Tuesday, February 5

:: The Answers

A comparative view of the answers from Sens. Clinton and Obama to RH Reality Check's sexual and reproductive health and rights questionnaire.

Its easier to compare the answers from the Obama and Clinton campaign side by side, so I've pasted the answers from both questionnaires into one document. I left the footnotes and links behind and made several small formatting changes, such as numbering the questions.

A number of differences between the candidates are evident. But if you are looking for a smoking gun that shows Obama is a risky bet when it comes to choice, go directly to #8: Does (the candidate) support any restrictions on abortion, or does s/he believe it should be entirely up to women?

The Obama campaigns answer is simply this:

Obama supports those restrictions that are consistent with the legal framework outlined by the Supreme Court in Roe v. Wade.

This might fool a newbie, but the rest of us know this means only one of two things. Either the person who filled out the questionnaire is completely ignorant of the topic of the Supreme Court and Roe v. Wade, or the campaign has given the most conservative answer it thinks it can get away it and still call Obama a Democrat.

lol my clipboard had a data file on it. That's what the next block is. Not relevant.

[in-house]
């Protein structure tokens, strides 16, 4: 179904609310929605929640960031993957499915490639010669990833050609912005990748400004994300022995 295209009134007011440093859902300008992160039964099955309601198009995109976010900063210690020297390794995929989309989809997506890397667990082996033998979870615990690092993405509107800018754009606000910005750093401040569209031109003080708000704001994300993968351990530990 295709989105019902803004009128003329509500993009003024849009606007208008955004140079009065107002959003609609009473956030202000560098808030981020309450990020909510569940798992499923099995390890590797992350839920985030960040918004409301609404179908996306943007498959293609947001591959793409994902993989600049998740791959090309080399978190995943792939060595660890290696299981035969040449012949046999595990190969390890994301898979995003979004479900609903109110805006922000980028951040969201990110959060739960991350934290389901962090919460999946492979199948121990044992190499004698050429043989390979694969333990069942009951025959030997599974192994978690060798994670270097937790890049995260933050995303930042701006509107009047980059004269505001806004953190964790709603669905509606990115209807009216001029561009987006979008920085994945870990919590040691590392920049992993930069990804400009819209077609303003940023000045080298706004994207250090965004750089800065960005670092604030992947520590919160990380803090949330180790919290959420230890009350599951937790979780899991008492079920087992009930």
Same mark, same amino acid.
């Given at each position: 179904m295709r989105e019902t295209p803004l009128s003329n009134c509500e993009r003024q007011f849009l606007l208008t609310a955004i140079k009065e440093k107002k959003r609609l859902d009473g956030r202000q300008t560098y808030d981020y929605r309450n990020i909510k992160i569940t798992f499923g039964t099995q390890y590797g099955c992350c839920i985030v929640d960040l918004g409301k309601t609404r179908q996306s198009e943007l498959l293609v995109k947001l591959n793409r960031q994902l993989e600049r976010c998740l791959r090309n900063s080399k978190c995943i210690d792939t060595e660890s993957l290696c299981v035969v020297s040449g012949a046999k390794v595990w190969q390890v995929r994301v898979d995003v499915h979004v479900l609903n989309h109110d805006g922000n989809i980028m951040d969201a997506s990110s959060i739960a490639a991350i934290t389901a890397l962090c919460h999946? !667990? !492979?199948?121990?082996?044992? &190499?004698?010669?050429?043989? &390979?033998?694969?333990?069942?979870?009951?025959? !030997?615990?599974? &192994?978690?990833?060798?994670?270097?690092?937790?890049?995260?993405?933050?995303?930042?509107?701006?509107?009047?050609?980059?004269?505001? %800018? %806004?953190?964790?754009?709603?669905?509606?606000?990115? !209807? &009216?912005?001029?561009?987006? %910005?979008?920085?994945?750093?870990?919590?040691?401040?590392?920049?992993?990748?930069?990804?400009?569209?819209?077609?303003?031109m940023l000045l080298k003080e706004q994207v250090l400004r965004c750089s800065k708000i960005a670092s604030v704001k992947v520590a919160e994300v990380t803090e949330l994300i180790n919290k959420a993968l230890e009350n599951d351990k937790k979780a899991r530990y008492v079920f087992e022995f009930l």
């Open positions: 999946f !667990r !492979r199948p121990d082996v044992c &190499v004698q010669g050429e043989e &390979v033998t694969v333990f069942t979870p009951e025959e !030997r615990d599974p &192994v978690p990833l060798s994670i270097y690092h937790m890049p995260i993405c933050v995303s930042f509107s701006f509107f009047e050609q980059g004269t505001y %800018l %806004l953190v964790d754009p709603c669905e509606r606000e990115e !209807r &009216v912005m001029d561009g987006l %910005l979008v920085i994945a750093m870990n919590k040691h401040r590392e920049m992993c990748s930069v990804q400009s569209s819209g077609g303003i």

Just to make it perfectly clear, all the restrictions on reproductive choice and the right to privacy that we have right now, including Gonzalez, have been interpreted by the Supreme Court to be compatible with Roe v. Wade. In fact, it was the court's finding in Webster, and then Casey, that a host of restrictions were allowable under Roe that got us into our current mess. To say you support restrictions consistent with Roe is to say you could be in favor of any and all restrictions except spousal consent (knocked down in Webster, I believe, or was it Casey?) and bans with an exception to save the life (but not health) of the woman. Even the choice of phrasing - "Obama supports restrictions that are compatable" rather than "Obama opposes those restrictions that incompatible" - points to a conservative message strategy.